I should say that I love the book this is based on. It's one of my favorite novels of the last decade, and I love it both for its stylistic cleverness and its beautiful evocation of the idea that even as we all die, what we were becomes eternal, because things have a tendency of rippling forward in time. Mind, this is a notion I'm not entirely sure I agree with (it's a lot easier to say this in a Western nation than it is elsewhere), but I think David Mitchell expresses it well, and his writing about slavery, subjugation, and the abuse of power is very well done as well.
That said, the book does not seem a natural fit for adaptation. It tells six different stories with no characters directly crossing over. It's very high-minded and interested in both mystical fooferaw and more practical, political concerns. One of the stories in the book is written in a pidgin English of a decaying future, while another is an 1800s journal where seemingly nothing happens. The pleasures of Mitchell's novel are considerable, but they seem confined to the page, because the structure of the thing would be unwieldy if applied directly to the screen.
Certainly if I were going to pick someone to adapt it, it wouldn't be the Wachowskis and Tom Tykwer! Any one of the three could easily direct the book's action sequences (yes, there are some), but none would seem to be a good fit for the book's more ruminative passages (of which there are many). The temptation would probably be to perk the book up a bit, to give it more action where it needs none or make it more direct when it doesn't need to be. Or barring that, the temptation would be to slavishly follow the book's nesting doll structure, which takes us from the 1850s to the 1930s to the 1970s to the present day to the 2100s to the far, post-apocalyptic future, then back out again so it ends where it began. (Seriously, it's such an elegant novel.) Mitchell has big ideas on his mind, but he also knows how to construct a genre thriller, and the '70s potboiler, modern day comedic novella, and 2100s sci-fi story all move and behave like good examples of their forms.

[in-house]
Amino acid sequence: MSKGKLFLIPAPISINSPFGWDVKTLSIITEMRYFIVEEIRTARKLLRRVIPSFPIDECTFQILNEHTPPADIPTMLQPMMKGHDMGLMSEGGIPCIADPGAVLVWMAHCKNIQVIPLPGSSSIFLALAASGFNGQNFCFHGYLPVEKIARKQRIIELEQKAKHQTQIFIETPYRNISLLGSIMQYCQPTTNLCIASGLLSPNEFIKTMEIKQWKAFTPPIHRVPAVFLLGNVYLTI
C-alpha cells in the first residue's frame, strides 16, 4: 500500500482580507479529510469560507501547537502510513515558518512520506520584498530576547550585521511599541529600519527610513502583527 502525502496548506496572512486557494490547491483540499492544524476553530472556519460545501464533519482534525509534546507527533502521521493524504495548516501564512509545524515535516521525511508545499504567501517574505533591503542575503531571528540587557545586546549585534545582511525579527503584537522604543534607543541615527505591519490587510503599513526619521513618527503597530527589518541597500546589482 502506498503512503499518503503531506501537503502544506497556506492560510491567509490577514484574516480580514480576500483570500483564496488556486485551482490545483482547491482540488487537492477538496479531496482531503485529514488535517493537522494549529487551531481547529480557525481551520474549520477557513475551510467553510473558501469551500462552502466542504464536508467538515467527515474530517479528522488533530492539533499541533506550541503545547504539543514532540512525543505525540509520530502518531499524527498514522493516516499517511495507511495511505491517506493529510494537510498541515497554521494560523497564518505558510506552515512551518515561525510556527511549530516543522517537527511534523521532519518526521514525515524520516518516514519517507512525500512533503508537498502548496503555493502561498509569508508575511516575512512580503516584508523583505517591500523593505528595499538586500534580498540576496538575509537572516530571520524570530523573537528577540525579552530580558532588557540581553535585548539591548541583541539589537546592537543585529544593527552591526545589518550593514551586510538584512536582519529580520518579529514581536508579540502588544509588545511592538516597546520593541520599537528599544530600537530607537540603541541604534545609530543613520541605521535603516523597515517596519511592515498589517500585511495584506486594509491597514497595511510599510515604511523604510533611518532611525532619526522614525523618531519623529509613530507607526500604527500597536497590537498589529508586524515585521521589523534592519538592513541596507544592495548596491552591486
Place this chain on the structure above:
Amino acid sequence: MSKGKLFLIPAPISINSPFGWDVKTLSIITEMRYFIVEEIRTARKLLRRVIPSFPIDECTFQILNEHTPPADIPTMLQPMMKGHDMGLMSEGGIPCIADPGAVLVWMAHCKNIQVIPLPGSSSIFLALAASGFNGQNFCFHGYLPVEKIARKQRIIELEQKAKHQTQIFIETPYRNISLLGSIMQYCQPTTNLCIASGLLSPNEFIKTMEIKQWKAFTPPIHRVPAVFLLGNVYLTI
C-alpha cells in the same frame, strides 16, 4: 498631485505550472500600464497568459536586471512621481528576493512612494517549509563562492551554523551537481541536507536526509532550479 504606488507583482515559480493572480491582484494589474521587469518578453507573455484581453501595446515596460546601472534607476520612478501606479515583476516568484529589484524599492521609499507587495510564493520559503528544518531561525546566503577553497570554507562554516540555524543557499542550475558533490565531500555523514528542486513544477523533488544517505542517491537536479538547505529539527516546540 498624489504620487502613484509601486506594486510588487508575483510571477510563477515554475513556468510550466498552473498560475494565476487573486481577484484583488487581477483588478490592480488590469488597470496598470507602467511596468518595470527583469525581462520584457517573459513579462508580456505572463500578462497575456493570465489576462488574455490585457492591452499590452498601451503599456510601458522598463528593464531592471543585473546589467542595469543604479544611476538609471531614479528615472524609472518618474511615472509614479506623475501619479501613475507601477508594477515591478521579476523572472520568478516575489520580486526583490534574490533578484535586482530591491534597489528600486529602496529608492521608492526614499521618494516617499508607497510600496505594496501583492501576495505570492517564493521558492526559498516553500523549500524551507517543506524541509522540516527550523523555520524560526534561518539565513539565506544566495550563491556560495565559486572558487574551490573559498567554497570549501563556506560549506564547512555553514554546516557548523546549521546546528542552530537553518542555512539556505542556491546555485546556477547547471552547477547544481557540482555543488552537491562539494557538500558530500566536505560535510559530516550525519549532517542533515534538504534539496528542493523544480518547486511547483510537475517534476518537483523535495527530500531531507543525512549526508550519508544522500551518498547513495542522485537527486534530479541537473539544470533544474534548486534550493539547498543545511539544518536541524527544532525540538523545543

What the Wachowskis and Tykwer have done, however, is essentially slice all of the six stories up as thinly as possible, then juxtapose scenes from each against each other, finding the resonances between the stories, and the dissonances, too. I suspect even the film's detractors will realize it as a triumph of editing, as every story rolls into every other one, and eventually, the effect becomes spellbinding and hypnotic, to the point where the climax of all six stories is held for something like an hour of screentime. What this creates is something that feels weirdly symphonic. There's not a plot so much as the suggestion of one, the suggestion of things moving forward and other things being exposed. It's at once ludicrous and deeply resonant, and I love the film's willingness to cut from, say, a foot chase sequence to someone reading a voiceover about the eternal nature of the soul over footage of, like, futuristic Tom Hanks climbing a mountain with the ruins of Honolulu in the background. It's completely fucking insane, but everybody involved commits so thoroughly that it doesn't allow you to question it. You're either in from frame one, or you're out. And along the way, it doesn't lose you.